“There is no flash option for selfie mode, and pictures taken at night often turn out dark and grainy—no amount of filtering would perfect it,” says Rita. “So when I discovered the Ty-Lite phone case, I quite literally saw the light. Beyoncé’s stylist, Ty Hunter, created it. It comes with three settings: cool, warm and brilliant. Now I’m guaranteed a healthy glow any time, in any environment. Well worth the $80,” says Rita.

6. SHOOT AGAINST SOLID BACKGROUNDS.

Brittney’s neutral background selfie

There’s a reason the photo studio team shoots just about everything against a white backdrop. “Busy scenes are distracting. I do believe less is more,” Brittney says. To that end, Rita adds: “Make sure background objects don’t appear to be sticking out of your head.”

Nicole also loves when the background in a selfie photo is blurred a little—that effect is called bokeh—so the focus is on the main subject of the image (in this case, you and your crew). You can use tile shift to achieve it in Instagram. Dark backdrops give dramatic effect but, depending on what you’re wearing, a light one can work just as well. And any bit of texture gives a photo depth, she says.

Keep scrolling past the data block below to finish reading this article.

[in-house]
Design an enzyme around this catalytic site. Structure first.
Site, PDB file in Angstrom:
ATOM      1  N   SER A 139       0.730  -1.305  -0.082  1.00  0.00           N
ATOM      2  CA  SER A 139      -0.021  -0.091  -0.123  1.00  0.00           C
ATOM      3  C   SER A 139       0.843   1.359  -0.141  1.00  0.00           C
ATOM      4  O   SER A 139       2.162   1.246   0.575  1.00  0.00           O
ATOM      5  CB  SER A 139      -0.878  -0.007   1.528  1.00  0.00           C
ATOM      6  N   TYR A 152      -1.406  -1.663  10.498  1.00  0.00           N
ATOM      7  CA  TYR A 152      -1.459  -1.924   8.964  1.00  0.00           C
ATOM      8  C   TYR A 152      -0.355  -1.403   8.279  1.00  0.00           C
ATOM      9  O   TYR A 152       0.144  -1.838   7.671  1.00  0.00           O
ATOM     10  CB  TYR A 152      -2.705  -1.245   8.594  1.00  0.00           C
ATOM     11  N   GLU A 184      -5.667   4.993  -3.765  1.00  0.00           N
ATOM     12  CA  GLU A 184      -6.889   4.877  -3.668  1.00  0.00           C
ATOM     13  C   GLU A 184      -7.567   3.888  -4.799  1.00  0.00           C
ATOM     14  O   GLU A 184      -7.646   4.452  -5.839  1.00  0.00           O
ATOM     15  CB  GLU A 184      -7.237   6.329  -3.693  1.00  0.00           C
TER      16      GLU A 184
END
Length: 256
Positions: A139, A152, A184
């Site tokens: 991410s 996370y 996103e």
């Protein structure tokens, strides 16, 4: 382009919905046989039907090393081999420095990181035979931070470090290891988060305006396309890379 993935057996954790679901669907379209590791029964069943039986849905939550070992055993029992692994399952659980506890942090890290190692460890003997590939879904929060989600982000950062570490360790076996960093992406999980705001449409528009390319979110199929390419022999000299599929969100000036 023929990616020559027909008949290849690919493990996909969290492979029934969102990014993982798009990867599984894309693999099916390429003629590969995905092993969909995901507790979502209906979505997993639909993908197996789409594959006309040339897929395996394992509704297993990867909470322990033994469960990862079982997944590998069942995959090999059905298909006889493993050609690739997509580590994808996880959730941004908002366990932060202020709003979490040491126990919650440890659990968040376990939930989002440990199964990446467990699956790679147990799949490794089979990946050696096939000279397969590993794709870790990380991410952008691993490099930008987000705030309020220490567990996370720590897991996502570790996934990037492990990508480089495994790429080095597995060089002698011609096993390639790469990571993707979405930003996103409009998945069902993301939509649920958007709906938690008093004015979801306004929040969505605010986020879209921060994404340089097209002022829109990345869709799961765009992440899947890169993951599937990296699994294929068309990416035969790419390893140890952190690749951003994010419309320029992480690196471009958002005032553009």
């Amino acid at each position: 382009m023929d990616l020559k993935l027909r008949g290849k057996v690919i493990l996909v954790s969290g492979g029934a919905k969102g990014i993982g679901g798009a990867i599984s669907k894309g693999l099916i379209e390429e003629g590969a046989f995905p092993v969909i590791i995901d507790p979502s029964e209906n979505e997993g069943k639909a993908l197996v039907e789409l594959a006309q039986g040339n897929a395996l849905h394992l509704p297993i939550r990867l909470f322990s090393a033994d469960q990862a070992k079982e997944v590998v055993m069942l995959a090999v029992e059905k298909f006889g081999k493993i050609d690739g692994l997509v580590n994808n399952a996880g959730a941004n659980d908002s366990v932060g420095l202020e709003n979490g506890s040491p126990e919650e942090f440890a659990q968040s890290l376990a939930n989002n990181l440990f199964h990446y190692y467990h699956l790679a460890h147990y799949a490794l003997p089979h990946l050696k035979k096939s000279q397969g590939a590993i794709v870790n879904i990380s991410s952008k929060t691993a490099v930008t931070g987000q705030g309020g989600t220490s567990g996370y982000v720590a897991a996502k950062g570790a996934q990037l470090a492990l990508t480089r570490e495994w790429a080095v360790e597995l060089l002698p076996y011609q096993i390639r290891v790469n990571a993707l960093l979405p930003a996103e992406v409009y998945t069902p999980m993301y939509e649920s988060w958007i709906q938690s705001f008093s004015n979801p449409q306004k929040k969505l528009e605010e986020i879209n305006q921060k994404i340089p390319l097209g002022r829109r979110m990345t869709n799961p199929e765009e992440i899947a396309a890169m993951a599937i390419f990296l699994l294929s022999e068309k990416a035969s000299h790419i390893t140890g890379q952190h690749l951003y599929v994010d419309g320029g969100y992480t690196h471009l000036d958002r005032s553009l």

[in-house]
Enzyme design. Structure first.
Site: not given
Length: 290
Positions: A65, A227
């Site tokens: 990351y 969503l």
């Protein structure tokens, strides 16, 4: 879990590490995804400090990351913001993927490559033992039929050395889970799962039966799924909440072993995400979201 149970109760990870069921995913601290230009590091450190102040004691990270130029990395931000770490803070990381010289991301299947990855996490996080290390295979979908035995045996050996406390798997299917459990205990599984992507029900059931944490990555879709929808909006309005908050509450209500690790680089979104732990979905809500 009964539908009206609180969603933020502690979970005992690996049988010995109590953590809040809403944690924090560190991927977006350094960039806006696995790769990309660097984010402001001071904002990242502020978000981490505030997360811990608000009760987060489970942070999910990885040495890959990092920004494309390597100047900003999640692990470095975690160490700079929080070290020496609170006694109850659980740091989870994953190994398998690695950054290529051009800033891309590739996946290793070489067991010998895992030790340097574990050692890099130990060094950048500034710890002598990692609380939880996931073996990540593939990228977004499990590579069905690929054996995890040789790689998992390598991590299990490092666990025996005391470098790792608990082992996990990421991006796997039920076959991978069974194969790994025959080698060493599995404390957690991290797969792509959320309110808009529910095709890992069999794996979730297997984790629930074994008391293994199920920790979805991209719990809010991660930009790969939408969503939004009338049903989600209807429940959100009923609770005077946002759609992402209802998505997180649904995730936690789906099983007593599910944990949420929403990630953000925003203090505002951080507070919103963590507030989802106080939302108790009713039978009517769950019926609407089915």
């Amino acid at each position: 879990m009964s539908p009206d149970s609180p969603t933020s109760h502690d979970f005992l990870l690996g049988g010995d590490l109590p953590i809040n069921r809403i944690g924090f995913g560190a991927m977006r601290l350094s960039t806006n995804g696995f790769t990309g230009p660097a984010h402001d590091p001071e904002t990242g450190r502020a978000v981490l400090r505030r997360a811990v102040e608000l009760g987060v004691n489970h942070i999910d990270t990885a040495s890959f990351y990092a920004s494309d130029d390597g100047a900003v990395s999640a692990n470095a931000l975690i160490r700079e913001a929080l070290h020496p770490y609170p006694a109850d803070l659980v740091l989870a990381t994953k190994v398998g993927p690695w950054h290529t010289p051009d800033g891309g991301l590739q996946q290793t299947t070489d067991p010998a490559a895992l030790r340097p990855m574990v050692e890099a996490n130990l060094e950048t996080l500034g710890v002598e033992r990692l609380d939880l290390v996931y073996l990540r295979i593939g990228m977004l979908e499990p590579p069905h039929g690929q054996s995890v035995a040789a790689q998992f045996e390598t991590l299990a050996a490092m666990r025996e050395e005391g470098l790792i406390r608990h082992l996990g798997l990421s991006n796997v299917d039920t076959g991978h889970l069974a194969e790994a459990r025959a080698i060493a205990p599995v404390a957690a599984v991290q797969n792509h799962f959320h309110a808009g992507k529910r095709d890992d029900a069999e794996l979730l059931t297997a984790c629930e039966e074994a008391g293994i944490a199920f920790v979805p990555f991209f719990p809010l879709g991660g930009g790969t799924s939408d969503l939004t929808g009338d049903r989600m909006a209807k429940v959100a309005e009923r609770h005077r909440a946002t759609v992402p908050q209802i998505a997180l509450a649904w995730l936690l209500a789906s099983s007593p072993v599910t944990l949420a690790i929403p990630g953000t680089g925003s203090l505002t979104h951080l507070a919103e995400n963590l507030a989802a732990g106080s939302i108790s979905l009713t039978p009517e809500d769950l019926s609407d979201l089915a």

“I do best in my bathroom, in the daylight, windows open, with a sheer curtain behind me,” says Martha.

7. MAKE YOUR PHONE WORK HARDER FOR YOU.

Your phone’s camera acts as a wide-angle lens. Either shoot that way, or try the square setting for selfies, which frames a shot like Instagram to begin with. Martha uses her iPhone’s self-timer to get a full-length outfit shot, as her daughters have barred her from taking dressing room selfies.

8. CROP ARTFULLY.

“Cropping is everything,” James proclaims.

9. FIND YOUR FAVORITE FILTERS.

Our pros gravitate toward Hudson and X-Pro II on Instagram. “I try to keep it pretty true while adjusting lighting and contrast,” says Rita. For can’t-go-wrong effects without the luxury of a retoucher on speed dial, James recommends playing with exposure and saturation.

10. IF IN DOUBT, GO BLACK AND WHITE.

Interestingly, our photo team all loves black-and-white shots best. “My favorite photos are usually always in black and white. Everyone looks good with that kind of contrast,” says Brittney, whose go-to Instagram filter is Moon. Rita prefers Mono or Noir. “I use black and white to take 10…no, five…okay, two years off my complexion,” Martha says.